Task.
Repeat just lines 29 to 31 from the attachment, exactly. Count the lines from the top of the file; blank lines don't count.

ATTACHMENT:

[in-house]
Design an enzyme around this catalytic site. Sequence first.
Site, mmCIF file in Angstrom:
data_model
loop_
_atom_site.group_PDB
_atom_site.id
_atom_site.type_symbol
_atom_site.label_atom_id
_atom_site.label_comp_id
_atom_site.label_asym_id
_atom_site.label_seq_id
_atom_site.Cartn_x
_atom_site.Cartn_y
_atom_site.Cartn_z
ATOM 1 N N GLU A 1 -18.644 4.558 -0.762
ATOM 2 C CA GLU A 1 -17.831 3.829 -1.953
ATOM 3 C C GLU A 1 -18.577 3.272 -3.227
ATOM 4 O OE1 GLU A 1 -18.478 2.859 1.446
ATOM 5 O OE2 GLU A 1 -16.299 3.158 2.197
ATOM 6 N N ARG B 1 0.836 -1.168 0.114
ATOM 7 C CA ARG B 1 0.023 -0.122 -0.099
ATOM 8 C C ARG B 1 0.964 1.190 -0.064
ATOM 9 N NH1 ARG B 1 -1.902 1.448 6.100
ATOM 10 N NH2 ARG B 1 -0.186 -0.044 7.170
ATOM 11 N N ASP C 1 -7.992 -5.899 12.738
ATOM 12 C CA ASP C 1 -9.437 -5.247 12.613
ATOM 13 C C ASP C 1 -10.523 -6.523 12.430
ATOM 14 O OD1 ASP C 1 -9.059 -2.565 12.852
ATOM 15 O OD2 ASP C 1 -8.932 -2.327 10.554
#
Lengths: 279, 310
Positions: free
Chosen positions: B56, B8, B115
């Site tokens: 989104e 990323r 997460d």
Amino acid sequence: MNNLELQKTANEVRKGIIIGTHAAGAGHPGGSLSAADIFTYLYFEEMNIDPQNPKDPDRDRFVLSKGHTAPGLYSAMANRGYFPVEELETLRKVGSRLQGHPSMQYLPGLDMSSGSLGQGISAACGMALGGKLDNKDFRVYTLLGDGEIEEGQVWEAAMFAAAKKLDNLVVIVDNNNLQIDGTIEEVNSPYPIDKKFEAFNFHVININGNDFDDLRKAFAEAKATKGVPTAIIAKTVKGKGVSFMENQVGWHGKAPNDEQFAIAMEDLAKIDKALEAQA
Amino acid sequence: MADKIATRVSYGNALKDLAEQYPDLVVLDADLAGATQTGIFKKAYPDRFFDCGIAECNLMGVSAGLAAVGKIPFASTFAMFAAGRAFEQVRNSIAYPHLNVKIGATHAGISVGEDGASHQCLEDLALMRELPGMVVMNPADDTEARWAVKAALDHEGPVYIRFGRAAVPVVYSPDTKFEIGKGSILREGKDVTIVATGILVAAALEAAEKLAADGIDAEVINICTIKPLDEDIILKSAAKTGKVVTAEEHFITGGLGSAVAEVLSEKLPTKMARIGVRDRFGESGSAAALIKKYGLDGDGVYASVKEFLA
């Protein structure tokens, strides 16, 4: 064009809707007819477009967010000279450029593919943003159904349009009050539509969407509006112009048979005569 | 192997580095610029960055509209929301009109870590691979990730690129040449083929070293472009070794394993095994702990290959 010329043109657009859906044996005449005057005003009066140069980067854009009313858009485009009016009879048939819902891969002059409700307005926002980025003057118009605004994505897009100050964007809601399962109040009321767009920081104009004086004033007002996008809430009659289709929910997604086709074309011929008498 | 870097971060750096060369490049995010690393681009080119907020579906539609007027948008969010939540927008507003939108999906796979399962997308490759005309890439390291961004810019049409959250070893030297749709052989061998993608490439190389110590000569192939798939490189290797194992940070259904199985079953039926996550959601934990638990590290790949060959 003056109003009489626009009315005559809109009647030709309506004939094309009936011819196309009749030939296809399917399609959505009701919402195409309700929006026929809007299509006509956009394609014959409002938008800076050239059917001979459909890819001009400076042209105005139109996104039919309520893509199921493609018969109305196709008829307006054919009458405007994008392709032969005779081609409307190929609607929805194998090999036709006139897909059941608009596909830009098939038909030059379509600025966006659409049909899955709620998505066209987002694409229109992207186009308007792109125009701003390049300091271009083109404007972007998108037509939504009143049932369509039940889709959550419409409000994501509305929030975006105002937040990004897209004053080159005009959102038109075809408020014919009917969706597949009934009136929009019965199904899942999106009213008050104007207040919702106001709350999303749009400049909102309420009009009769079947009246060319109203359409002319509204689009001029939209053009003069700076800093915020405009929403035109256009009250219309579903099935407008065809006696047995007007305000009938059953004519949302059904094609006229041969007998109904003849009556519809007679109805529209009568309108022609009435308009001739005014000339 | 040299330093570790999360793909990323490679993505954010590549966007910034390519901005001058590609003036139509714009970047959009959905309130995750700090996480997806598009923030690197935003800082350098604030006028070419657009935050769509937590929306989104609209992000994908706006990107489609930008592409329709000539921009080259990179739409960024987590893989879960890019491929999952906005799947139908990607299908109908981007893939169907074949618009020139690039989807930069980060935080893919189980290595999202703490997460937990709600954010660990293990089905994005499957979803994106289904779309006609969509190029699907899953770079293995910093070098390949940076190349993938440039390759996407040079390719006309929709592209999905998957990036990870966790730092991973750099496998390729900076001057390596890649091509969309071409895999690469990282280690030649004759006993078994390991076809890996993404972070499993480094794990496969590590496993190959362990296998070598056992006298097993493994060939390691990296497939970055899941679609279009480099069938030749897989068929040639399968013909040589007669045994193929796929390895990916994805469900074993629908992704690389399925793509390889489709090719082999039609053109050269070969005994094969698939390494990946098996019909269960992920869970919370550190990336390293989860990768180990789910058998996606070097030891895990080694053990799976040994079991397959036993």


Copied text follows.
ATOM 14 O OD1 ASP C 1 -9.059 -2.565 12.852
ATOM 15 O OD2 ASP C 1 -8.932 -2.327 10.554
#